That’s what columnist George F. Will calls Heartland’s friends at the Institute for Justice, a libertarian public interest law firm, which is celebrating its 20th anniversary. Its mission:
Simply put, we challenge the government when it stands in the way of people trying to earn an honest living, when it unconstitutionally takes away individuals’ property, when bureaucrats instead of parents dictate the education of children, and when government stifles speech. We seek a rule of law under which individuals can control their destinies as free and responsible members of society.
The Wall Street Journal marked IJ’s two decades of activism yesterday with a “Weekend Interview” with Chip Mellor, IJ’s president and general counsel. He co-founded IJ in 1991 along with Clint Bolick, now vice president for litigation at the Goldwater Institute in Phoenix.
IJ takes on cases small and large. Its first case involved a Washington, D.C. man who wanted to earn his living braiding hair. The city council required him to have a cosmetology license, but IJ convinced it to back down. “The constitutional principle was very, very important, it went far beyond hair braiding,” Mellor told the WSJ. “So it really was a perfect platform to start awakening people to what’s at stake and what the solutions are.”
Perhaps the most famous case was a loss for IJ. In Kelo v. New London, in which IJ represented homeowners challenging the taking of their residential properties by the city for use by private commercial developers. IJ lost in the Supreme Court, but the case fostered substantial nationwide reforms in 44 states limiting such governmental takings.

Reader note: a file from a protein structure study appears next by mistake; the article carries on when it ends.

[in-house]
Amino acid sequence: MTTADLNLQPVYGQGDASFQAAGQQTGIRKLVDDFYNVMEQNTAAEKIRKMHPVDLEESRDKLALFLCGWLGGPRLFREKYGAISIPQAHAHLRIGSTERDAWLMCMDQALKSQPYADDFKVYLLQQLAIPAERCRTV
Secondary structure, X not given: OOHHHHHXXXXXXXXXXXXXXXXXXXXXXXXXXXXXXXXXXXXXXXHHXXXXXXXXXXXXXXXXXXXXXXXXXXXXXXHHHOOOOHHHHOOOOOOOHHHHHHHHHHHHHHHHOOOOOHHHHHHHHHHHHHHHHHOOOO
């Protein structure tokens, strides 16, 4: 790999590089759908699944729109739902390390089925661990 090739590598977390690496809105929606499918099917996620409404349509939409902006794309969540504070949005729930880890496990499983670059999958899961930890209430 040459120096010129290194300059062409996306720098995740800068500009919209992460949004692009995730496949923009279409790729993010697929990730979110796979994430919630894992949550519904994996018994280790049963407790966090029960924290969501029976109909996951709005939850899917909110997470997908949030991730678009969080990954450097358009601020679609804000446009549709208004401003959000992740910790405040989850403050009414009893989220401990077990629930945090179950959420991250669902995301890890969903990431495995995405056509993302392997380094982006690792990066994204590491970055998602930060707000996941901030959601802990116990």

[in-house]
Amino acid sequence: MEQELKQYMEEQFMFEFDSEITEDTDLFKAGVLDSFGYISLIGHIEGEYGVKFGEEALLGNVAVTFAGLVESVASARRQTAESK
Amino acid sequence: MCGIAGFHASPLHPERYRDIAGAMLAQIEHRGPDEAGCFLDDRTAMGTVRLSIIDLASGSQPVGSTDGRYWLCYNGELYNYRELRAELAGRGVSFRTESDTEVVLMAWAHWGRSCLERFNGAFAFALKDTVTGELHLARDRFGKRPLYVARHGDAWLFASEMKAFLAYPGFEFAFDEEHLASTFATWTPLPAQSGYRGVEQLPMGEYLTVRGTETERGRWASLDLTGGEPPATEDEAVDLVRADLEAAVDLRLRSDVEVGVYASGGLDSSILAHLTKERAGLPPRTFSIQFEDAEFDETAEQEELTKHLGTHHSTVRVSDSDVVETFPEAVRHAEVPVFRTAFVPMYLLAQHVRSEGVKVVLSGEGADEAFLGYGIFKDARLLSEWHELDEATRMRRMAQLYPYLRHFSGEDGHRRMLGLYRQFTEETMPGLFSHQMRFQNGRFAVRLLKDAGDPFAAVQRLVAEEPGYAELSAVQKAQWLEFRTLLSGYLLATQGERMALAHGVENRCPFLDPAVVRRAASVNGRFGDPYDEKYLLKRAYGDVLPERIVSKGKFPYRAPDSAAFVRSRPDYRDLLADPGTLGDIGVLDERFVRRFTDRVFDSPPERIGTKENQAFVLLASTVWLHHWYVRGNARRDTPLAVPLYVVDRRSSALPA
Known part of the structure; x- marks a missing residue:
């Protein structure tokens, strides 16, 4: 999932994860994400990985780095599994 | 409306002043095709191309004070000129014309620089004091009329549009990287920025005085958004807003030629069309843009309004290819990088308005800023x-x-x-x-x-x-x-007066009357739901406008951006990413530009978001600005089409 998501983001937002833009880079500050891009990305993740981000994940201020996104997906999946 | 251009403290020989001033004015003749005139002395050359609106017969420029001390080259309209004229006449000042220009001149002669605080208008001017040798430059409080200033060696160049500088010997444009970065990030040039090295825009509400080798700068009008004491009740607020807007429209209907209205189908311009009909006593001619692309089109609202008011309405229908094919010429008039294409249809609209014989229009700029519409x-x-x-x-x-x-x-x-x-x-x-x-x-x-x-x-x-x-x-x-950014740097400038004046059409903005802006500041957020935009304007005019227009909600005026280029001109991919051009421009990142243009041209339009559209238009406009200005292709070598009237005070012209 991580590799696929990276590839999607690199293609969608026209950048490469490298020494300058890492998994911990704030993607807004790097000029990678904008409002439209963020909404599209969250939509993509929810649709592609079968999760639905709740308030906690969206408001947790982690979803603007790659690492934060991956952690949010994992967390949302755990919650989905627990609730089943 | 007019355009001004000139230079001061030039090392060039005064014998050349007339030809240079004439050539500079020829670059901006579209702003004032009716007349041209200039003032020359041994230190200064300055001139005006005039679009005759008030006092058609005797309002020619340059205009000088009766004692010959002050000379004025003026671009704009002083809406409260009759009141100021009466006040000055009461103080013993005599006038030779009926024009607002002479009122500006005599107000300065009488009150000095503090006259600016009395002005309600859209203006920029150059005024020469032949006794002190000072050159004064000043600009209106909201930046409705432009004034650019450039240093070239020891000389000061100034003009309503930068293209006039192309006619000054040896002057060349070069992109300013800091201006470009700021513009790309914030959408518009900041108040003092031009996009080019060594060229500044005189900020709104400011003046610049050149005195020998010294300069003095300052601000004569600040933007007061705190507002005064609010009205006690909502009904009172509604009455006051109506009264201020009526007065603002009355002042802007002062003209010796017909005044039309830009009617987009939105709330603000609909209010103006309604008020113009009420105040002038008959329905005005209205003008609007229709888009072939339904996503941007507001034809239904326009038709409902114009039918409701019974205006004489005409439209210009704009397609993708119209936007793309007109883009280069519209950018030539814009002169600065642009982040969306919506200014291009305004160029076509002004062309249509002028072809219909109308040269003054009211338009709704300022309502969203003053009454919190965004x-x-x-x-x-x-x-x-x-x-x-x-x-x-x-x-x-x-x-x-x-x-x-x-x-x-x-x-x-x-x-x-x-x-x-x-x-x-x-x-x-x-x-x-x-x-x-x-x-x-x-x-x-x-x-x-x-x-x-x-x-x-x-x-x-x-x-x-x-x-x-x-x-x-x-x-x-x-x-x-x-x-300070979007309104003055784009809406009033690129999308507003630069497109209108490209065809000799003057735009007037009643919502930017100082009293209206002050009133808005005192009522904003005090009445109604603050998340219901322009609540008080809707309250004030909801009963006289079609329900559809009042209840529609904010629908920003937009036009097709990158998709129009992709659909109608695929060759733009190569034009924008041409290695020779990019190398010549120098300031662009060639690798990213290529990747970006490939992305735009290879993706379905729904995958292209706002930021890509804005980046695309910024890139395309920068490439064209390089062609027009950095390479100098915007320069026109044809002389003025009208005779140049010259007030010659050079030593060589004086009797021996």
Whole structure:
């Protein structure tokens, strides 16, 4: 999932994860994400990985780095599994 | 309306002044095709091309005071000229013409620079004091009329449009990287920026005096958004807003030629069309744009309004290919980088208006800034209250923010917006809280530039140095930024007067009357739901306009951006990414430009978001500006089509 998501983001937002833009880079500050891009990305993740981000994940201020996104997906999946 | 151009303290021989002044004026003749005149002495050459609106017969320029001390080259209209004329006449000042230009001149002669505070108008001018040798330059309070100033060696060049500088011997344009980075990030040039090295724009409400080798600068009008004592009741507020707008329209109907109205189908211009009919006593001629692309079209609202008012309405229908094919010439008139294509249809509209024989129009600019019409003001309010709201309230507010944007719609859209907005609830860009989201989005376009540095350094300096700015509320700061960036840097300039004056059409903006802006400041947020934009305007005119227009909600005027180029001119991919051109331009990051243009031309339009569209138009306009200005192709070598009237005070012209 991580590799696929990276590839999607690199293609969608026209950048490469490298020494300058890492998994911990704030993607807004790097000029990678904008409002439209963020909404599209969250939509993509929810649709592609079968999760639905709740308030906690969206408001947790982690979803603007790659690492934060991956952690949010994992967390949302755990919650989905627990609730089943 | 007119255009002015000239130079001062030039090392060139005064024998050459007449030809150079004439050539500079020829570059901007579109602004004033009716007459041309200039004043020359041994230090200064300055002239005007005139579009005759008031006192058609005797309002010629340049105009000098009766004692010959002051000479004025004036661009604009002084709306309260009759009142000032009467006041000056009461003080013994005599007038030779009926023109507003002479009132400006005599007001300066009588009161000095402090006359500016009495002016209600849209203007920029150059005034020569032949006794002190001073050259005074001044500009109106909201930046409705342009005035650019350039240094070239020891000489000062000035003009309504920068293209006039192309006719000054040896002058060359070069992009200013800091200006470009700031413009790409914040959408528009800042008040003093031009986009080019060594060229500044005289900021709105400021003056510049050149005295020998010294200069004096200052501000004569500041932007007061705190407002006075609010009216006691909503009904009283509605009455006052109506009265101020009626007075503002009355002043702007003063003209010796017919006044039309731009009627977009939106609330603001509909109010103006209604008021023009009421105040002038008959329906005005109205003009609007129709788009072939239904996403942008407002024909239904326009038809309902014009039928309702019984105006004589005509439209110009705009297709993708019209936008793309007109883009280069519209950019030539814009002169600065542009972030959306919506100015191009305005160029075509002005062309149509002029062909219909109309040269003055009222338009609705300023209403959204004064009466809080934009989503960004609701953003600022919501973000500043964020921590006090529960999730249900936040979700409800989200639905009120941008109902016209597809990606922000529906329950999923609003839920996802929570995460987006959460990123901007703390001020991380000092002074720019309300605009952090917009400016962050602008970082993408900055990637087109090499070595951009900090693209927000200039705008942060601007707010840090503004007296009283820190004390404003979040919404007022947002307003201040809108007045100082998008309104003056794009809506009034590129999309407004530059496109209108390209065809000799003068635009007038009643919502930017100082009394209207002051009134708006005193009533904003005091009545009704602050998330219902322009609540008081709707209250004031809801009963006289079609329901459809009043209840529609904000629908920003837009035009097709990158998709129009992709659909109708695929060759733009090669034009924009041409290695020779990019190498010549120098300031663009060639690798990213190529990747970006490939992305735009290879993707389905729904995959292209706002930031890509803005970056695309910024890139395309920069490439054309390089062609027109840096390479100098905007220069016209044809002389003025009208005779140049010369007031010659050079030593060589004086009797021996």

Recently, Mellor and senior attorney Clark Neily have been taking on the most sacred cow of judicial conservatism: judicial restraint. This doctrine starkly opposes left-wing judicial activism, in which courts substitute their judgment for that of the legislature in determining the validity of legislation.
But judicial restraint results in unwarranted judicial deference to the legislative branch, Mellor and Neily believe. Such deference amounts to the abdication by the courts of their proper constitutional role, they say. It should be replaced with what they call judicial engagement.
Such judicial abdication has no place in American jurisprudence. James Madison described the courts as “impenetrable bulwarks” against the encroachment of legislative and executive power. But rather than the bulwarks they were designed to be, courts have grown ever more deferential to the other branches, at the expense of constitutionally limited government.
Government regulations are not entitled to a presumption of legitimacy simply because they result from a political process involving elected representatives. To the contrary, the Framers were acutely aware of and deeply concerned about the dangers of interest-group politics and overweening government, and the structure of the Constitution rejects reflexive deference to the legislative branch. It is the courts’ job to check forbidden legislative impulses, not ratify them under the banner of majoritarian democracy.
Exactly right. Congratulations, IJ. You’ve had a great run, but your work is just beginning.